This year was all about breaking barriers. In 2022, UFCW 1518 organized in under-represented industries, built platforms for youth to speak up, and lobbied for ground-breaking legislation. At the same time, we continued to build capacity in communities and workplaces where our members have been wielding their union power for years. As we near the end of 2022, we look back on the awesome and inspiring things you did.
The cannabis industry is no longer green territory for 1518. Budtenders represent the fastest-growing arm of the union. Here’s a rundown of the workers who have joined the BC Budtenders Union and launched an impressive grassroots movement:
- Eggs Canna (Vancouver) joined UFCW 1518 and began bargaining for their first contract.
- Seed & Stone (Delta) joined UFCW 1518 and won a common employer application that allowed them to join two other groups of Seed & Stone staff from the island at the bargaining table. Together they won wage improvements, a grievance procedure and more.
- Yaletown Cannabis (Vancouver) joined UFCW 1518.
- Burnside Buds (Victoria) workers ratify their contract.
- Trees Cannabis (Victoria) ratified their first collective agreement, which features living wage adjustment language.
- Potanicals Grow-Op.
- Clarity Cannabis.
- The Original Farm.
The UFCW 1518 Indigenous Committee continued to push the BC and Yukon governments to recognize National Day for Truth and Reconciliation with a paid, statutory holiday for all workers. Here are the actions they took and the response they received:
- March: Committee member Marylou Fonda meets with Minister for Indigenous Relations and Reconciliation, Murray Rankin and sits on a panel as a survivor of the Sixties Scoop. During the meeting, she shared the Committee’s petition with officials.
- The Committee participated in a ceremony at the unmarked graves of former Residential School children on the Tk’emlúps te Secwépemc First Nation.
- February: After writing letters to provincial politicians, the Indigenous Committee received commitments from MLAs Aman Singh and Brittny Anderson to support their National Day for Truth and Reconciliation initiative.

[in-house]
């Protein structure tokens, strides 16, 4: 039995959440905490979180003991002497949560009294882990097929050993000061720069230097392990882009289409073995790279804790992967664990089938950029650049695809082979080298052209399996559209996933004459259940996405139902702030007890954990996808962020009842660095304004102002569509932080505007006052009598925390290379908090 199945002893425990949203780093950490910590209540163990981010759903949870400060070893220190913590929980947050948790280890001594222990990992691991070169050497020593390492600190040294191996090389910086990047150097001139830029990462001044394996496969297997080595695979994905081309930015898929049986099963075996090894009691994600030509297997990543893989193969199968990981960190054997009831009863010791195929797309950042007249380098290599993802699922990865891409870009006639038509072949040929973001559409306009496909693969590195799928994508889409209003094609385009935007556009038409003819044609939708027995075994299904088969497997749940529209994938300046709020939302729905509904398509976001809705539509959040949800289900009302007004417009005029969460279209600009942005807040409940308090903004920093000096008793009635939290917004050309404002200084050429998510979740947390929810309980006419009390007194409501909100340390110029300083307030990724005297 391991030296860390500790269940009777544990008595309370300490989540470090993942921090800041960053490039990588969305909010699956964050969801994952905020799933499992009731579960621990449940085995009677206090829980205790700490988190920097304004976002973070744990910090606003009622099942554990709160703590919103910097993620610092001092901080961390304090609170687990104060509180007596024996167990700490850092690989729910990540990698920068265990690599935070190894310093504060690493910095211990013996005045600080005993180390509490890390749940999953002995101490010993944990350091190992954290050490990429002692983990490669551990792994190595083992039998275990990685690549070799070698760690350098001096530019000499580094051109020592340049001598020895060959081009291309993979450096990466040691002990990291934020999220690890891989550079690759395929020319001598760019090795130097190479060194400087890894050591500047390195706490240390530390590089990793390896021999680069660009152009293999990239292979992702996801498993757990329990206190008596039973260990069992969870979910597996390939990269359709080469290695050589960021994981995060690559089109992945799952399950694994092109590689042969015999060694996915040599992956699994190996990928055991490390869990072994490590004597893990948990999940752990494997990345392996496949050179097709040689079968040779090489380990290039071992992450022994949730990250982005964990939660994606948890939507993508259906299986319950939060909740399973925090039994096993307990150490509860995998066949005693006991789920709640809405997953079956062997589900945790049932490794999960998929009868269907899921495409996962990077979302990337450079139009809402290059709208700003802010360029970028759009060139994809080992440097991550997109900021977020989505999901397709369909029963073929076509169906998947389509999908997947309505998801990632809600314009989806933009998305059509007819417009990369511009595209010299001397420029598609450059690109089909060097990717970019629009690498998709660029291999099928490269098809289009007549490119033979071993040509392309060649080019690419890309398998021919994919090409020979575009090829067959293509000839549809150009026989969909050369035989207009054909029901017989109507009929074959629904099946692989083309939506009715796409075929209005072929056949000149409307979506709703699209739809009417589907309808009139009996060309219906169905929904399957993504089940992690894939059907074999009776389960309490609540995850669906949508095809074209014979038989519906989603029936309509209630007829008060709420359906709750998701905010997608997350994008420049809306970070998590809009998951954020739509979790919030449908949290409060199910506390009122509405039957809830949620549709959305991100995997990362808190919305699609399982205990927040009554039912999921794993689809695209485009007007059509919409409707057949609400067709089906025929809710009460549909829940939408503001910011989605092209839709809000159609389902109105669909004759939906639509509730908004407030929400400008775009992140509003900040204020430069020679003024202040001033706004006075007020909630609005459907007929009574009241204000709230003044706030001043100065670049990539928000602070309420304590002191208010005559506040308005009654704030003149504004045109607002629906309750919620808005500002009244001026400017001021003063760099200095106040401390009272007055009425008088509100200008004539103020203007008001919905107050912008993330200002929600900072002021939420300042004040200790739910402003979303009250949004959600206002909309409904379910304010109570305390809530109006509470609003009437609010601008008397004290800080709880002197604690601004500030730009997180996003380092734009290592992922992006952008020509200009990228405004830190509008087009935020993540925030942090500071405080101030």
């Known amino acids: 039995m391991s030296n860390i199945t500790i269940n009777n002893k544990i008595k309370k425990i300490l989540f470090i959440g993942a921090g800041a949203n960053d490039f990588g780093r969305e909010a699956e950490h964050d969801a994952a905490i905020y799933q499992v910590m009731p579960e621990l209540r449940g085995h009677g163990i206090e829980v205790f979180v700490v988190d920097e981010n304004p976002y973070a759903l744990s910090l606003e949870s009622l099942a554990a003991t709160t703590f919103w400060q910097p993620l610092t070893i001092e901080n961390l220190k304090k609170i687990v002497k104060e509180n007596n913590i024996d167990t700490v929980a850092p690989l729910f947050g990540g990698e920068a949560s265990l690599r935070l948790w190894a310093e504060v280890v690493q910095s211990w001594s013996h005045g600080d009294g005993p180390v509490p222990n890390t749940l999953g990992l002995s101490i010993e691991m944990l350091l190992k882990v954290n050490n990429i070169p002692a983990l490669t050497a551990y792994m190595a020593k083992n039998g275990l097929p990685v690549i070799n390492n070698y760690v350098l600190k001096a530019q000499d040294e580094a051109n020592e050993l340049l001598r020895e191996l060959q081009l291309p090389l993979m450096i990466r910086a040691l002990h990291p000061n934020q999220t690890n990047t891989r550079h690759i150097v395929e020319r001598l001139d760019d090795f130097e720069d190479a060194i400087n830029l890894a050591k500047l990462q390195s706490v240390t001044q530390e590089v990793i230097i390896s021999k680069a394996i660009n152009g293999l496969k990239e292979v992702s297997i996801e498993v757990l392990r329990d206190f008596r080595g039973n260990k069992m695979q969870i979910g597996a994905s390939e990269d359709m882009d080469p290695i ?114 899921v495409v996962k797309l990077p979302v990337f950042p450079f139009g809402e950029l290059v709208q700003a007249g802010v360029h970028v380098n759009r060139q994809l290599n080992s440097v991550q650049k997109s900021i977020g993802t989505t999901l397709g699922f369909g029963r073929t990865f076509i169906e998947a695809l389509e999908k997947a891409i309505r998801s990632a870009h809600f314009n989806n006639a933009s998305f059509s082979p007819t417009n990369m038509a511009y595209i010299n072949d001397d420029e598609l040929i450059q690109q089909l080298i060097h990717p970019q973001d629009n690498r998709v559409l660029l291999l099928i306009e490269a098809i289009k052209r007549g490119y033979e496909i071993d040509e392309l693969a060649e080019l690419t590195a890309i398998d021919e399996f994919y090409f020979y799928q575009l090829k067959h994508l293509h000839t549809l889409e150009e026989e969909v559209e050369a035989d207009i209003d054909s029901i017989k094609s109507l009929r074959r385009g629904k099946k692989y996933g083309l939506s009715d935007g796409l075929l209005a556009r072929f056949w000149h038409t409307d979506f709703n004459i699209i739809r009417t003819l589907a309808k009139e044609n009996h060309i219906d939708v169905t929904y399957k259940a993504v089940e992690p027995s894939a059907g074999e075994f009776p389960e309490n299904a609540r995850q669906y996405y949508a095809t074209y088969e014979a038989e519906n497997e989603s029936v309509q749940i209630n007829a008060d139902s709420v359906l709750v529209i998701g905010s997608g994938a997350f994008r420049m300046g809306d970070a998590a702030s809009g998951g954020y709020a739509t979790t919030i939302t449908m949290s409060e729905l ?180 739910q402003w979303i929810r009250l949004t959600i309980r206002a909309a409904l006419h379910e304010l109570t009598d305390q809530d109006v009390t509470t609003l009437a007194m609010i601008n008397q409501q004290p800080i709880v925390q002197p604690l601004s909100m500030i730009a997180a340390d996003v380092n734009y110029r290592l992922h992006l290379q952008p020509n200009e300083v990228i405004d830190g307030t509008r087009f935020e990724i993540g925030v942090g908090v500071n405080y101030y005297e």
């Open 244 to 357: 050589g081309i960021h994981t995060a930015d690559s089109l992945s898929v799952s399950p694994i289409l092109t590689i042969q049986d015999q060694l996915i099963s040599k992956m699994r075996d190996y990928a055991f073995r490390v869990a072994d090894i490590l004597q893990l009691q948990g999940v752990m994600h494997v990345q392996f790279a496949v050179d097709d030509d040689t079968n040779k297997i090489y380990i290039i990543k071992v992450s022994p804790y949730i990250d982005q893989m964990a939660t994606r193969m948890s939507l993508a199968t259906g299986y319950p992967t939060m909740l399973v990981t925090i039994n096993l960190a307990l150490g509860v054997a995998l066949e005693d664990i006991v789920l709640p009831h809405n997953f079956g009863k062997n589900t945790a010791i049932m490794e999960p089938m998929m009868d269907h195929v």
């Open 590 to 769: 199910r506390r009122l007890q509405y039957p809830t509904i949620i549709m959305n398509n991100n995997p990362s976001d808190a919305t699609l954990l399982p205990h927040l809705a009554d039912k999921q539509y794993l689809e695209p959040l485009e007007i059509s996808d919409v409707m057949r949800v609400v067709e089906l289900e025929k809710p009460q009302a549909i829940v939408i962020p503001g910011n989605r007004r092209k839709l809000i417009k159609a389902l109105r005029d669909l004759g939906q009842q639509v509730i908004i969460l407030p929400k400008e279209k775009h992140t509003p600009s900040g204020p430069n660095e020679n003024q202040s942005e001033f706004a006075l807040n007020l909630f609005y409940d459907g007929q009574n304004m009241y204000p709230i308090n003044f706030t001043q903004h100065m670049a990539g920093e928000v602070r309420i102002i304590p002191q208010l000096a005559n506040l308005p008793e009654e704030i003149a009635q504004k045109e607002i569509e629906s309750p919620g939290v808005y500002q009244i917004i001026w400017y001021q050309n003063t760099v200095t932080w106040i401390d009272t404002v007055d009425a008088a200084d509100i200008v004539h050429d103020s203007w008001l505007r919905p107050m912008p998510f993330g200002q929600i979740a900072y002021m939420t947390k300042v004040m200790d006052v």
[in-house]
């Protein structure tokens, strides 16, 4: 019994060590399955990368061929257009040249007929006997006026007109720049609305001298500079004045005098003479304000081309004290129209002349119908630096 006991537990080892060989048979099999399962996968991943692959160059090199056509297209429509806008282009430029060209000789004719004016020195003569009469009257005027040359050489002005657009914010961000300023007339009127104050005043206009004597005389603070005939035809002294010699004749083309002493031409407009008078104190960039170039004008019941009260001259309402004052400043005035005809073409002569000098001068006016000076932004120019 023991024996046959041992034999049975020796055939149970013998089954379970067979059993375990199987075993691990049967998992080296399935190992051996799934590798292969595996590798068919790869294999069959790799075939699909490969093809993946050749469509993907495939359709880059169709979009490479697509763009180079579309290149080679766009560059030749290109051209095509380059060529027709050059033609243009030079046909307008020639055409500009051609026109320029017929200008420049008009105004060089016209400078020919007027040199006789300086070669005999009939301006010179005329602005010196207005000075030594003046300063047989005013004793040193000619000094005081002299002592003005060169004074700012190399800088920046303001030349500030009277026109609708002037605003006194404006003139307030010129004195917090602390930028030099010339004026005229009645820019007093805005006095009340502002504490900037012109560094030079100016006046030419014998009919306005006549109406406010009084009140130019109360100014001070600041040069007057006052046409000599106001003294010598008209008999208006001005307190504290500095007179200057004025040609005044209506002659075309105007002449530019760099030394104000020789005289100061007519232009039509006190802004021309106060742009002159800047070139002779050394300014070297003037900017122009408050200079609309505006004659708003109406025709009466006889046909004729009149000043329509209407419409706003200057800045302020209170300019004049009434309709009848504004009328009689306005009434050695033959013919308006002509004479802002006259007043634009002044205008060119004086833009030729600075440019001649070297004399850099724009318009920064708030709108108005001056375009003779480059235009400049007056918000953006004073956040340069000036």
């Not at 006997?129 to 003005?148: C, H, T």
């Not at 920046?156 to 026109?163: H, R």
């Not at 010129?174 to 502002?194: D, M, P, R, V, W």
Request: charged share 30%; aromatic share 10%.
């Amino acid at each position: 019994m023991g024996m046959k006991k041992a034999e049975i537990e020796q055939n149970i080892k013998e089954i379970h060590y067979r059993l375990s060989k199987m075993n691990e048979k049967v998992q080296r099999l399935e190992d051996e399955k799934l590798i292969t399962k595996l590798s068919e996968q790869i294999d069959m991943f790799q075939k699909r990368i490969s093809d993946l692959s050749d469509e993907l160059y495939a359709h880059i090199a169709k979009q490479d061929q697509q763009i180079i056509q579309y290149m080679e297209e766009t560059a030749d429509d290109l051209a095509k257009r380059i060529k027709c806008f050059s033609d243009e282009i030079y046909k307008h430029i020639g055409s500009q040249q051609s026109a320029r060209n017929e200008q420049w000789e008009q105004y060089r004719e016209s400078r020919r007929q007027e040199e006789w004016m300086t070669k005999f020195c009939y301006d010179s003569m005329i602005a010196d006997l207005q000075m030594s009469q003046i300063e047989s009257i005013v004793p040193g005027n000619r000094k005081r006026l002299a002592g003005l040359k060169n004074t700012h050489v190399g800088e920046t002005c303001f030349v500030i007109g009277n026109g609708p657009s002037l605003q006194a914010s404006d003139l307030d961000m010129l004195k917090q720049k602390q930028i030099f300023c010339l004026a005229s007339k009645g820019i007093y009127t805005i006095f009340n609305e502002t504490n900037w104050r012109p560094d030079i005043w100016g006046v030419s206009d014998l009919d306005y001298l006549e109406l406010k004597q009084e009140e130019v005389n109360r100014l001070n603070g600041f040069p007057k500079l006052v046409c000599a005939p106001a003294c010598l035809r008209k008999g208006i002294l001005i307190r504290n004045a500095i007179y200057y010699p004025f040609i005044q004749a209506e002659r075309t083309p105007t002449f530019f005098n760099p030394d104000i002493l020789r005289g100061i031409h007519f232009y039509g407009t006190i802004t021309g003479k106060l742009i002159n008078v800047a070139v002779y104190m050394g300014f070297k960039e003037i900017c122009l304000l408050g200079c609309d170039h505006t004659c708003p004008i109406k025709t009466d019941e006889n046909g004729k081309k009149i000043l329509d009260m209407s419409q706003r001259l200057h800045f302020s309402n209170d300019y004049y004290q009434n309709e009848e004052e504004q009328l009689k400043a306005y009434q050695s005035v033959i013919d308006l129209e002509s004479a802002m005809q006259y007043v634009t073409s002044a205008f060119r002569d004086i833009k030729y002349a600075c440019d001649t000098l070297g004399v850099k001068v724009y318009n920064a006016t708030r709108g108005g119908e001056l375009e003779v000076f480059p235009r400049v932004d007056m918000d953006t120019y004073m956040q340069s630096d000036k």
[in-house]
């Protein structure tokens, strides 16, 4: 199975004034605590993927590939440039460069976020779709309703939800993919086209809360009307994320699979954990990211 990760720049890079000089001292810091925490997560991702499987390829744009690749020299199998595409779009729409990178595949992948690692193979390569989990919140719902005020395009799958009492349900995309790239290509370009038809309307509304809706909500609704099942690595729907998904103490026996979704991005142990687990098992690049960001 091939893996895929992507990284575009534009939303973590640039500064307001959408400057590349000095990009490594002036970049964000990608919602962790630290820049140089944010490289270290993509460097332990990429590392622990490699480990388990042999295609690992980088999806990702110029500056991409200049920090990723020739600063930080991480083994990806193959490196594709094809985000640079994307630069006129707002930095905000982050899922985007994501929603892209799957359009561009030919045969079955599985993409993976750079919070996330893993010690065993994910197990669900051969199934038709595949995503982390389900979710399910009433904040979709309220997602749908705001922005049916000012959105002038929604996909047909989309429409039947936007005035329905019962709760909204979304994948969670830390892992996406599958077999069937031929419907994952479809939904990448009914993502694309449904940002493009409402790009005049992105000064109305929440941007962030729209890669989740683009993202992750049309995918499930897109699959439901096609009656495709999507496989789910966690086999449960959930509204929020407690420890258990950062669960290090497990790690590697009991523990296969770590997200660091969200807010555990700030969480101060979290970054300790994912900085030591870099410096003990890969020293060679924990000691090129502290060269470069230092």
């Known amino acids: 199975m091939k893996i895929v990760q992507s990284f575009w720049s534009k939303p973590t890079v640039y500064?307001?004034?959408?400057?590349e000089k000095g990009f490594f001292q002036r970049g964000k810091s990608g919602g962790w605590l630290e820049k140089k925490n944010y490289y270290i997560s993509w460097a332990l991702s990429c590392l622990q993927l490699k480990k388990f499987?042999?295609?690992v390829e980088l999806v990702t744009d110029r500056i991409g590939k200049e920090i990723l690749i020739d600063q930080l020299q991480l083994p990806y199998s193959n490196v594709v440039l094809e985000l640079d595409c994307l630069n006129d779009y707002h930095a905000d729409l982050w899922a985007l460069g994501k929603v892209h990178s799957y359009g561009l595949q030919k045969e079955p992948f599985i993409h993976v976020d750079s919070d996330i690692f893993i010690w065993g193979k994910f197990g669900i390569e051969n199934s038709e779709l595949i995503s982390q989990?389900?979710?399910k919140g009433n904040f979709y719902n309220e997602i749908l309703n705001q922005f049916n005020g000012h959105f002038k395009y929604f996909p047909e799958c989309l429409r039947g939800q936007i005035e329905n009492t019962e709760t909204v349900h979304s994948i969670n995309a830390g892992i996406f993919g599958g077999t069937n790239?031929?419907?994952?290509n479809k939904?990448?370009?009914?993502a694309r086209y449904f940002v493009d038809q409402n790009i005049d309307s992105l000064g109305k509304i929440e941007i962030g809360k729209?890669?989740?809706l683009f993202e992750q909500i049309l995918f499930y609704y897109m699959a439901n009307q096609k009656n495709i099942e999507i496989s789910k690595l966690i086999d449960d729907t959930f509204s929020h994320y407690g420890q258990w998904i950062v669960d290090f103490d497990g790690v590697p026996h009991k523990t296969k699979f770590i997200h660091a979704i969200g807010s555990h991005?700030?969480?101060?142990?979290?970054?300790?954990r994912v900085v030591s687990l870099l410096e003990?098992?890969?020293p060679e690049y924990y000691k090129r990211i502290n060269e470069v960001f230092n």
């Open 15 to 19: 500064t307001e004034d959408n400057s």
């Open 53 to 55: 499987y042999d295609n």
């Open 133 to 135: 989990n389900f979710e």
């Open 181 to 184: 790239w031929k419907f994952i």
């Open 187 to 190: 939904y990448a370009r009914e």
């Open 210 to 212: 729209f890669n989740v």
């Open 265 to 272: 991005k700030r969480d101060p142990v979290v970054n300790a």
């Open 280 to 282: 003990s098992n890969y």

- BC consulted stakeholders on the best way to honour Sept. 30. The Committee shores up interest among membership to submit feedback and call for a paid, statutory holiday for all workers.
- After a lot of hard work on the part of activists, the Yukon government announced that it is making National Day for Truth and Reconciliation a provincially recognized paid stat.
- On Nov. 16, at the UFCW 1518 Retail Conference, Committee member Anita Letendre asked guest speaker Minister of Labour, Harry Bains, for a commitment from the NDP to make Sept. 30 a paid, statutory holiday. He promised that the government was working on it.
- November: The Indigenous Committee presented their petition to the new BC Premier, David Eby, and the Minister’s Advisory Council on Indigenous Women (MACIW).
- UFCW 1518 successfully challenged Save-On-Foods on its decision to withhold Cost-of-living top-ups from staff who are covered under the current COL contract language.
- Arbitration hearings continued for the policy grievance that our union filed against Save-On-Foods when both companies provided $3 premiums to only a handful of staff. UFCW 1518 is arguing that all members should receive the premium.
- Members at FreshCo are still awaiting a Labour Board decision on the common employer status for the stores. We are fighting for all FreshCo workers to bargain their contract collectively.
YOUNG WORKERS RISING
Most of our newest members who joined us in 2022 are under 30 years old, and some are even teens! Here’s a look at the power young workers built with 1518 this year:
- Employees at Sephora organized with UFCW 1518. At the bargaining table, they’ve been fighting for part-timer flexibility, quality benefits, and more equitable compensation that reflects their expertise.